Chemical Handwarmers Materials: 25 g Iron powder 1 g sodium chloride
1 Tbs. small vermiculite (might try sand) plastic baggy Procedure: Mass 25 g of iron powder or very fine iron filings and 1 g of sodium chloride. Place these in a small plastic bag. Shake the bag to mix. Add about a tablespoon of vermiculite to the bag and shake well. Add 5 ml of water and seal the bag. Shake it. The reaction will start after about a minute. Explanation: Observe the heat energy that is given off during the oxidation of iron. Demonstrates an exothermic reaction.

Card Flip Materials: Coin Index card Wide mouth container Procedure:
Place an index card on a top of the container. Place a coin in the center of the index card. Flick edge of index card with enough force to cause the index card to move in a horizontal motion. The penny should fall into the container. Explanation: Demonstration of Newton’s 1st Law of Motion (Law of Inertia).

Whirly-Bird Materials:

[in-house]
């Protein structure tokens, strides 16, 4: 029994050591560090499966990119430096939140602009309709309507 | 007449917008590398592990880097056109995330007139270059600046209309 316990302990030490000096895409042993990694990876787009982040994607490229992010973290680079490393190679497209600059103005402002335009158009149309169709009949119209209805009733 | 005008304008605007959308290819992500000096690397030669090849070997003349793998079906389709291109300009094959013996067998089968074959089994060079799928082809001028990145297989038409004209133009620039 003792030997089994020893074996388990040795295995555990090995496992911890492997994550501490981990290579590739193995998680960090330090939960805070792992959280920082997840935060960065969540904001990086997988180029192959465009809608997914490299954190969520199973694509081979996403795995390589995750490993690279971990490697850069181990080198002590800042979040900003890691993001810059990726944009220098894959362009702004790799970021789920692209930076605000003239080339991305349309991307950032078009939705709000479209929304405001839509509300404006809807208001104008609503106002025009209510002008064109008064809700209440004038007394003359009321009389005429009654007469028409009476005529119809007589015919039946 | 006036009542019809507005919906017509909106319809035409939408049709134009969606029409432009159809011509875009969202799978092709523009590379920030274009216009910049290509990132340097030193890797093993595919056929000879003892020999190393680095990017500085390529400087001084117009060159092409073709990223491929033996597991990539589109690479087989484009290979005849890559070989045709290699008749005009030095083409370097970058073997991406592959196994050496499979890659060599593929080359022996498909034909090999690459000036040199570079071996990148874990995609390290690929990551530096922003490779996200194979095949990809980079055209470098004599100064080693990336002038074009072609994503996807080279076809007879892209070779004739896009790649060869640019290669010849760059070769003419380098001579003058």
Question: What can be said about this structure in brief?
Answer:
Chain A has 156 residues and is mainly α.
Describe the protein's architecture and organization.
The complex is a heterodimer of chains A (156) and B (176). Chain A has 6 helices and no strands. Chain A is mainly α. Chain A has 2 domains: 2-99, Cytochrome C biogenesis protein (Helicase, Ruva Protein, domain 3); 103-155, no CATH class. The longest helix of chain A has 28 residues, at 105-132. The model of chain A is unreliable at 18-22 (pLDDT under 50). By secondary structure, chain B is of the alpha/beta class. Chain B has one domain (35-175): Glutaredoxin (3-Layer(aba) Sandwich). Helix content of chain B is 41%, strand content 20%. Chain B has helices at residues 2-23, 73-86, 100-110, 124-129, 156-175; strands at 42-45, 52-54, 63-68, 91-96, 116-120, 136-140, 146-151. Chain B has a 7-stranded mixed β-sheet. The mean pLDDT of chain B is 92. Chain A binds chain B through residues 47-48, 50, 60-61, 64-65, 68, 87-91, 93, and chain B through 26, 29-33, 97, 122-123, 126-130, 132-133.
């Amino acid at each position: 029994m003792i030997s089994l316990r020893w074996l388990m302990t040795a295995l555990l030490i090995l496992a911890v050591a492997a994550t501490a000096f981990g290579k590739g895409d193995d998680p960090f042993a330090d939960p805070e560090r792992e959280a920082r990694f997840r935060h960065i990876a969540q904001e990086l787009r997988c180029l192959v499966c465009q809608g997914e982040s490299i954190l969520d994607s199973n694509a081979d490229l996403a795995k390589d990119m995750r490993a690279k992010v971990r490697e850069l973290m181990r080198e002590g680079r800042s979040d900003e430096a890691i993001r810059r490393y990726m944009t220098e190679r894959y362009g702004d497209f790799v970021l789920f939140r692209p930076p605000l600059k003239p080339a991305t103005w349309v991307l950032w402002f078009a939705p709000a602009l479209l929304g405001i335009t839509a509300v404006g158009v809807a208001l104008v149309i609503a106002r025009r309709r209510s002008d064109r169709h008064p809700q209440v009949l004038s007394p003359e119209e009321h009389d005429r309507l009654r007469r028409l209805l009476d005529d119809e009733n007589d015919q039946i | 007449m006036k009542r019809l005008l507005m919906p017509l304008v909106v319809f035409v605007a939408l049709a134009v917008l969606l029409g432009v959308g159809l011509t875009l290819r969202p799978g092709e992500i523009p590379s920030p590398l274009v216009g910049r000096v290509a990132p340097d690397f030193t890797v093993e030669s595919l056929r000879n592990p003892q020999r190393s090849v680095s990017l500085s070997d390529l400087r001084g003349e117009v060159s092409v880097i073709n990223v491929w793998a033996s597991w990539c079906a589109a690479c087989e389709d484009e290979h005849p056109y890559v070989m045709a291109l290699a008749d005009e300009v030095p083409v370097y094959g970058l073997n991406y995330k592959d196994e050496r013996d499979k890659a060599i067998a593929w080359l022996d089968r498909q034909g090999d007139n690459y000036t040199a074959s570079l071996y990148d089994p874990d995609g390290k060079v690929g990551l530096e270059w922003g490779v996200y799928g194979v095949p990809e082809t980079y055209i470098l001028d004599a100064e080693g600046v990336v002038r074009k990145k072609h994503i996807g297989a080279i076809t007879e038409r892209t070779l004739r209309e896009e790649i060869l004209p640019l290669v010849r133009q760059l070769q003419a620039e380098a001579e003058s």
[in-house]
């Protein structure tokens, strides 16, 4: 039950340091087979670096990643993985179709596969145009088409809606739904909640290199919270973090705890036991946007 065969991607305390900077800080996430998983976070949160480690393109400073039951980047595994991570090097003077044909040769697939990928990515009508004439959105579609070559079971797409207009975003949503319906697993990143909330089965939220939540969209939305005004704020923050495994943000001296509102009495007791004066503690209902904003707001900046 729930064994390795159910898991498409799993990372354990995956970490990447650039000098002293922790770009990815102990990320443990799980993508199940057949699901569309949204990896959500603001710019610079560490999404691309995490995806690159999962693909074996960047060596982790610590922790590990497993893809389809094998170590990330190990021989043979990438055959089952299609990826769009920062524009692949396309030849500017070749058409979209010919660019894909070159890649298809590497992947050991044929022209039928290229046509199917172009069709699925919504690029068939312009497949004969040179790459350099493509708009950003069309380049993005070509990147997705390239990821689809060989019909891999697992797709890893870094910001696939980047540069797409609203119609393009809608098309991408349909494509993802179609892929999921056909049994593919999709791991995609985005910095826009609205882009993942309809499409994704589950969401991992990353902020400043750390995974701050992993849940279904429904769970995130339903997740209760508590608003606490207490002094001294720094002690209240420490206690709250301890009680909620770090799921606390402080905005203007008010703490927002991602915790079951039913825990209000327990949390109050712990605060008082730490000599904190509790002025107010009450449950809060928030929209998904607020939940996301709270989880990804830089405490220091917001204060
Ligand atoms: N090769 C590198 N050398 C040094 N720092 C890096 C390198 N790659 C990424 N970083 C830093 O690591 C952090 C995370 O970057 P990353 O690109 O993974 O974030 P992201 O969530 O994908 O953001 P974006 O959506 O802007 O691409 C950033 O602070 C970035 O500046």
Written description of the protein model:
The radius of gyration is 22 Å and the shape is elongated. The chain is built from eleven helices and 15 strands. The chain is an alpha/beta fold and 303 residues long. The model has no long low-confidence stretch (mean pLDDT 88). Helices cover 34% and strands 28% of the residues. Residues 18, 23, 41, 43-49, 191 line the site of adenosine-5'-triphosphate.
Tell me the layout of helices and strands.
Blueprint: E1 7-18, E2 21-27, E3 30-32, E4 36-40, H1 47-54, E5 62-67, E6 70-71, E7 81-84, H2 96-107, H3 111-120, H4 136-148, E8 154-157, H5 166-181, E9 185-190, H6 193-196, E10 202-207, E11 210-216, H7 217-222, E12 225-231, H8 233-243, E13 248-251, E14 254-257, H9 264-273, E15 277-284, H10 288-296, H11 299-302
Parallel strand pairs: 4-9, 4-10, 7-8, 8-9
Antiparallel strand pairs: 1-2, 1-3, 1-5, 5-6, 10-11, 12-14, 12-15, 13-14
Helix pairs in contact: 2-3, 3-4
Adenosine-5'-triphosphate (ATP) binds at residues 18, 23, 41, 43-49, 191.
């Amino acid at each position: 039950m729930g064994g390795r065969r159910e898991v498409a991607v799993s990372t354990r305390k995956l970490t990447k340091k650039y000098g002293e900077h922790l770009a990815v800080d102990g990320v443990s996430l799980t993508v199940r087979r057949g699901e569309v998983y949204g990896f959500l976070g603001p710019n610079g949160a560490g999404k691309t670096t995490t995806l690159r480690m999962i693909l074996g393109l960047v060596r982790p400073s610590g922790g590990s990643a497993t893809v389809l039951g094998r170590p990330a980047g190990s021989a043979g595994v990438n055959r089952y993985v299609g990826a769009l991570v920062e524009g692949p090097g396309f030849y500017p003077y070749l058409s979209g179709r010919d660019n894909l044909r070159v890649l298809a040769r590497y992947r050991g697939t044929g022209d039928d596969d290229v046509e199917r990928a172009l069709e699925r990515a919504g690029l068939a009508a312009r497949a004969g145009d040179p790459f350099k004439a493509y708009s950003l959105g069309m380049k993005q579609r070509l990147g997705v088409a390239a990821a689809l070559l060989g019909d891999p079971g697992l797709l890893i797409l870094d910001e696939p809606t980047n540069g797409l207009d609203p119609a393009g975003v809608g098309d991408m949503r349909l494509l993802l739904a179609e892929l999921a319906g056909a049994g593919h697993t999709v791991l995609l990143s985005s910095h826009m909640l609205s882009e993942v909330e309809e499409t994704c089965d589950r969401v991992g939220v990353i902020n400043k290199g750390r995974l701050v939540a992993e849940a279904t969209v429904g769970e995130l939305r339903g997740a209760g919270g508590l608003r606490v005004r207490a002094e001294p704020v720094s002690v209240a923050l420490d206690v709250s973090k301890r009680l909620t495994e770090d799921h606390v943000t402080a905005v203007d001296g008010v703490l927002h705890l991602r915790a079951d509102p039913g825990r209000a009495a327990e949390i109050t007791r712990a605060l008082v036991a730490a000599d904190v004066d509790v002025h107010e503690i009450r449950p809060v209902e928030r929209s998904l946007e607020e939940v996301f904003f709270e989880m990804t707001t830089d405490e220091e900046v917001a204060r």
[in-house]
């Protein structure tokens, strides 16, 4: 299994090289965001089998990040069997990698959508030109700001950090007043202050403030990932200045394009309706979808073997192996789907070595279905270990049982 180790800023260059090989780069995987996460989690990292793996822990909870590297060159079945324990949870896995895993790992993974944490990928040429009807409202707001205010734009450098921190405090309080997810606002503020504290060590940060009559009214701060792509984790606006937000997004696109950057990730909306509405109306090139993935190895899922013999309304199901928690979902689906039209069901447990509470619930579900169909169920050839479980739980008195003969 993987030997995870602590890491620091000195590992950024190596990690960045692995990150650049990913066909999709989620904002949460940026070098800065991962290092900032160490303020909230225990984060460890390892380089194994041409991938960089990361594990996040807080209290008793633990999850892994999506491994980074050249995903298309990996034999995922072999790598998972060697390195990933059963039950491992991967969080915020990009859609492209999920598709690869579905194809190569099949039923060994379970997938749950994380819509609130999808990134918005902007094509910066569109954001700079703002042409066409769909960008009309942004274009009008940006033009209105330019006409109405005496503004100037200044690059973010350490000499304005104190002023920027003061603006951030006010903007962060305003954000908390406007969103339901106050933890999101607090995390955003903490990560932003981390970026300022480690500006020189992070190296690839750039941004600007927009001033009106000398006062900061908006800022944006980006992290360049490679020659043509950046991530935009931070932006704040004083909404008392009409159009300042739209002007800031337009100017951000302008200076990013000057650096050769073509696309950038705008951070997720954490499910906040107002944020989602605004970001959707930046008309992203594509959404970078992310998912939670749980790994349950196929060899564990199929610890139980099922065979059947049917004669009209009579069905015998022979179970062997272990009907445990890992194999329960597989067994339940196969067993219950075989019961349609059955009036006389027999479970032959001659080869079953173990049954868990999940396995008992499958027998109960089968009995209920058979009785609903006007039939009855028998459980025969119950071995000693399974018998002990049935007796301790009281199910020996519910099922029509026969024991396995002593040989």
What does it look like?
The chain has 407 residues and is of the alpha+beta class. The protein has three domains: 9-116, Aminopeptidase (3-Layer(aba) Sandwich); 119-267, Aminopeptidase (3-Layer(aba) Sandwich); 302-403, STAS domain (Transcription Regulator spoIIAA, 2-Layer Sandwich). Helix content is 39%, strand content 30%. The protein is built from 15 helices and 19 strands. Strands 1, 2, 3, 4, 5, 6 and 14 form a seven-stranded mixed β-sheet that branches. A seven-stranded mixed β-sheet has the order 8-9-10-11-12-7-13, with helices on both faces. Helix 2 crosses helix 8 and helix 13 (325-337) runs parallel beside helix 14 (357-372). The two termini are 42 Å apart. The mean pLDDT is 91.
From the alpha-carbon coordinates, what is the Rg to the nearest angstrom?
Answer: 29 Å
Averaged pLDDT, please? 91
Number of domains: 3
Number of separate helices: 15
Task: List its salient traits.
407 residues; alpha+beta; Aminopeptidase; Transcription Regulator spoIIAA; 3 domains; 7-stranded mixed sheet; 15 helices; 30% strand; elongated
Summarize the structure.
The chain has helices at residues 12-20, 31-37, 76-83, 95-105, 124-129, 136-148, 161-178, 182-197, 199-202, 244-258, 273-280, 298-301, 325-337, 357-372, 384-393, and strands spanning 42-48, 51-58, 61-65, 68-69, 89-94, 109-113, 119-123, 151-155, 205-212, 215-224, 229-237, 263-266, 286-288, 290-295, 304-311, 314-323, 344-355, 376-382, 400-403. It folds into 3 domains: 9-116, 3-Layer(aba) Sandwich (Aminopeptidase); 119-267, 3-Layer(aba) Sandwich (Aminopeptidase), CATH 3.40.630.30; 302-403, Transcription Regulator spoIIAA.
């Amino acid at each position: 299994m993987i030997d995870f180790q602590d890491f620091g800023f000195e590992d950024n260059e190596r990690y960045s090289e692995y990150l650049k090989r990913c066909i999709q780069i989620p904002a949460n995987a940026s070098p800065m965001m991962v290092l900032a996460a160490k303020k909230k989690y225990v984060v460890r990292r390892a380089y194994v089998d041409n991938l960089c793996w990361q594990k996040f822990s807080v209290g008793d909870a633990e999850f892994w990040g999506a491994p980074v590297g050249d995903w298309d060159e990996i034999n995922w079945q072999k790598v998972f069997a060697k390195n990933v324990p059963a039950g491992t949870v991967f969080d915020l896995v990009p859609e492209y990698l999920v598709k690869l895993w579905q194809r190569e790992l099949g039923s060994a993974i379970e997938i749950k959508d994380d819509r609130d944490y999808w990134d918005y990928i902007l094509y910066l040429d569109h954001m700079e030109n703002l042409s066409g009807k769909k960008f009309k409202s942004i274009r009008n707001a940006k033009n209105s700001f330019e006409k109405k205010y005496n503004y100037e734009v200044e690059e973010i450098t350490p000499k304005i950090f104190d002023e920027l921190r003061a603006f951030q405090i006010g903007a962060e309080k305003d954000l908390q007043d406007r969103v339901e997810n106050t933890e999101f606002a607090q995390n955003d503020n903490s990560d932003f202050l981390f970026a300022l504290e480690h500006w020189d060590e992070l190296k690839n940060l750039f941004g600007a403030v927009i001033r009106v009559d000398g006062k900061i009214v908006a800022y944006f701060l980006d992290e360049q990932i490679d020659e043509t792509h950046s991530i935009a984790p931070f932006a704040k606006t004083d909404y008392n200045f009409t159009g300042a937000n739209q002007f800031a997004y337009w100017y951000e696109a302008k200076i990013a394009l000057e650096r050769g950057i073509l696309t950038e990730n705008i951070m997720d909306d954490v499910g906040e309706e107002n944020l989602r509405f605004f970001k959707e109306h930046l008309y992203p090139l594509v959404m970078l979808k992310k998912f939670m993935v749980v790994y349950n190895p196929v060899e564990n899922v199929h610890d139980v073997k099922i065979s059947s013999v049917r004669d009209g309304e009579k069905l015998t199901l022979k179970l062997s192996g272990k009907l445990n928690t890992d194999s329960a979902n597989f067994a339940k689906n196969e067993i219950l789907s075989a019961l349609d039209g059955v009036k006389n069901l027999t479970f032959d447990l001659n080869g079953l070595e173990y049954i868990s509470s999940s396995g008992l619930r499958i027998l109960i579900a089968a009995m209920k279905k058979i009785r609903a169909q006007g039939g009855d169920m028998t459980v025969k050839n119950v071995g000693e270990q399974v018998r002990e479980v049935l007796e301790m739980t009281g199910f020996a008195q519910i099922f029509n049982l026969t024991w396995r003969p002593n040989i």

Wooden pencil with an eraser on one end Flexible soda straw Sewing pin Plastic tape Round party balloon Procedure: Slip the nozzle end of the balloon over the end of the balloon farthest from the bend. Use a short piece of plastic tape to seal the balloon to the straw. Bend the opposite end of the straw at a right angle. Lay the straw and balloon on an outstretched finger so that it balances and mark the balance point. Push the pin through the straw at the balance point and then continue pushing the pin into the eraser of the pencil. Blow the straw to inflate the balloon and then let go of the straw. Explanation: The balloon and straw spin because of the action-reaction principle described in Newton’s Third Law of Motion. The balloon produces and action by squeezing on the air inside causing it to rush out the straw. The air, traveling around the bend in the straw, imparts a reaction force at a right angle to the straw. This result is that the balloon and straw spins around the pin.